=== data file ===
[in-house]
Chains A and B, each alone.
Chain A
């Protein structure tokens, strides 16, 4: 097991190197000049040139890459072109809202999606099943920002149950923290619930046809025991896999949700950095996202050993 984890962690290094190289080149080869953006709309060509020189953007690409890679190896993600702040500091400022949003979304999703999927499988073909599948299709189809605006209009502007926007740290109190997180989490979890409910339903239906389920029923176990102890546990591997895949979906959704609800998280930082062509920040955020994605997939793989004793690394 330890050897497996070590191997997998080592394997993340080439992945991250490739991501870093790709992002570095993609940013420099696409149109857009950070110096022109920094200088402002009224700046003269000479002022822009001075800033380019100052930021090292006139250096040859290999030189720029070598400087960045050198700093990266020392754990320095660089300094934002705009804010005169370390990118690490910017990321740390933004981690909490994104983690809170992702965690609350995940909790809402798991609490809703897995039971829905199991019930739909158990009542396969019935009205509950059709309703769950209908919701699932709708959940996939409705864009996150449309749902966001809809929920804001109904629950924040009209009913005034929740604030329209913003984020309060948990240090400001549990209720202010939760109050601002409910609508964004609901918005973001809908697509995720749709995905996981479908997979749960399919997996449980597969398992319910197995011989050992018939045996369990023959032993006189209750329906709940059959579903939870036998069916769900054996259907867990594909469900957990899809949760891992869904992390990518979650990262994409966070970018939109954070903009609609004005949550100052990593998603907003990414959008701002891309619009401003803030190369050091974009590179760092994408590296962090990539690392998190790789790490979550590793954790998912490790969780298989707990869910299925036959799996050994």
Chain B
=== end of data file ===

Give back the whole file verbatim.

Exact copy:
[in-house]
Chains A and B, each alone.
Chain A
């Protein structure tokens, strides 16, 4: 097991190197000049040139890459072109809202999606099943920002149950923290619930046809025991896999949700950095996202050993 984890962690290094190289080149080869953006709309060509020189953007690409890679190896993600702040500091400022949003979304999703999927499988073909599948299709189809605006209009502007926007740290109190997180989490979890409910339903239906389920029923176990102890546990591997895949979906959704609800998280930082062509920040955020994605997939793989004793690394 330890050897497996070590191997997998080592394997993340080439992945991250490739991501870093790709992002570095993609940013420099696409149109857009950070110096022109920094200088402002009224700046003269000479002022822009001075800033380019100052930021090292006139250096040859290999030189720029070598400087960045050198700093990266020392754990320095660089300094934002705009804010005169370390990118690490910017990321740390933004981690909490994104983690809170992702965690609350995940909790809402798991609490809703897995039971829905199991019930739909158990009542396969019935009205509950059709309703769950209908919701699932709708959940996939409705864009996150449309749902966001809809929920804001109904629950924040009209009913005034929740604030329209913003984020309060948990240090400001549990209720202010939760109050601002409910609508964004609901918005973001809908697509995720749709995905996981479908997979749960399919997996449980597969398992319910197995011989050992018939045996369990023959032993006189209750329906709940059959579903939870036998069916769900054996259907867990594909469900957990899809949760891992869904992390990518979650990262994409966070970018939109954070903009609609004005949550100052990593998603907003990414959008701002891309619009401003803030190369050091974009590179760092994408590296962090990539690392998190790789790490979550590793954790998912490790969780298989707990869910299925036959799996050994």
Chain B